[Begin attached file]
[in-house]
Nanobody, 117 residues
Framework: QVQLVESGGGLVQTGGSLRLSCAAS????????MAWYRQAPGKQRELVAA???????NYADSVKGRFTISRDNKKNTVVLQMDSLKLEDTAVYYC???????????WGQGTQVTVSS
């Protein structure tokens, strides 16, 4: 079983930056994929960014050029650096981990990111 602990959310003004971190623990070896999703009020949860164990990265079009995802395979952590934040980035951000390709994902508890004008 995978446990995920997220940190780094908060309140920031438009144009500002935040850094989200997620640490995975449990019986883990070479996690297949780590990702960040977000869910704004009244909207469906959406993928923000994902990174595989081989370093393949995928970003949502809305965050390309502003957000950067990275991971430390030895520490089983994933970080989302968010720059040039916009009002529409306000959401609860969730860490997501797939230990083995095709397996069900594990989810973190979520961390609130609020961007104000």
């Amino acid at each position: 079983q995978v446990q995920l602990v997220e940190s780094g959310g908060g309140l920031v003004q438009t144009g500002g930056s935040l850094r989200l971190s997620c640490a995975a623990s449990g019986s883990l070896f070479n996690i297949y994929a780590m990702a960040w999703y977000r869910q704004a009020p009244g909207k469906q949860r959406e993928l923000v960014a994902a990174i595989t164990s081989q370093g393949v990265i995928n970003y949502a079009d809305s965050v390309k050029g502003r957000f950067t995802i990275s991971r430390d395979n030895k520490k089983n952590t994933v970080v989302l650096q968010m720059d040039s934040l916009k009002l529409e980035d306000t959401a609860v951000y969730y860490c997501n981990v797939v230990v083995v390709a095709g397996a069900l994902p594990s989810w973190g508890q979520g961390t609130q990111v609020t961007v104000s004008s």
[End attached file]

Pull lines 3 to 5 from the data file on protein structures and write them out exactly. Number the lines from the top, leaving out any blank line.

Framework: QVQLVESGGGLVQTGGSLRLSCAAS????????MAWYRQAPGKQRELVAA???????NYADSVKGRFTISRDNKKNTVVLQMDSLKLEDTAVYYC???????????WGQGTQVTVSS
């Protein structure tokens, strides 16, 4: 079983930056994929960014050029650096981990990111 602990959310003004971190623990070896999703009020949860164990990265079009995802395979952590934040980035951000390709994902508890004008 995978446990995920997220940190780094908060309140920031438009144009500002935040850094989200997620640490995975449990019986883990070479996690297949780590990702960040977000869910704004009244909207469906959406993928923000994902990174595989081989370093393949995928970003949502809305965050390309502003957000950067990275991971430390030895520490089983994933970080989302968010720059040039916009009002529409306000959401609860969730860490997501797939230990083995095709397996069900594990989810973190979520961390609130609020961007104000």
């Amino acid at each position: 079983q995978v446990q995920l602990v997220e940190s780094g959310g908060g309140l920031v003004q438009t144009g500002g930056s935040l850094r989200l971190s997620c640490a995975a623990s449990g019986s883990l070896f070479n996690i297949y994929a780590m990702a960040w999703y977000r869910q704004a009020p009244g909207k469906q949860r959406e993928l923000v960014a994902a990174i595989t164990s081989q370093g393949v990265i995928n970003y949502a079009d809305s965050v390309k050029g502003r957000f950067t995802i990275s991971r430390d395979n030895k520490k089983n952590t994933v970080v989302l650096q968010m720059d040039s934040l916009k009002l529409e980035d306000t959401a609860v951000y969730y860490c997501n981990v797939v230990v083995v390709a095709g397996a069900l994902p594990s989810w973190g508890q979520g961390t609130q990111v609020t961007v104000s004008s």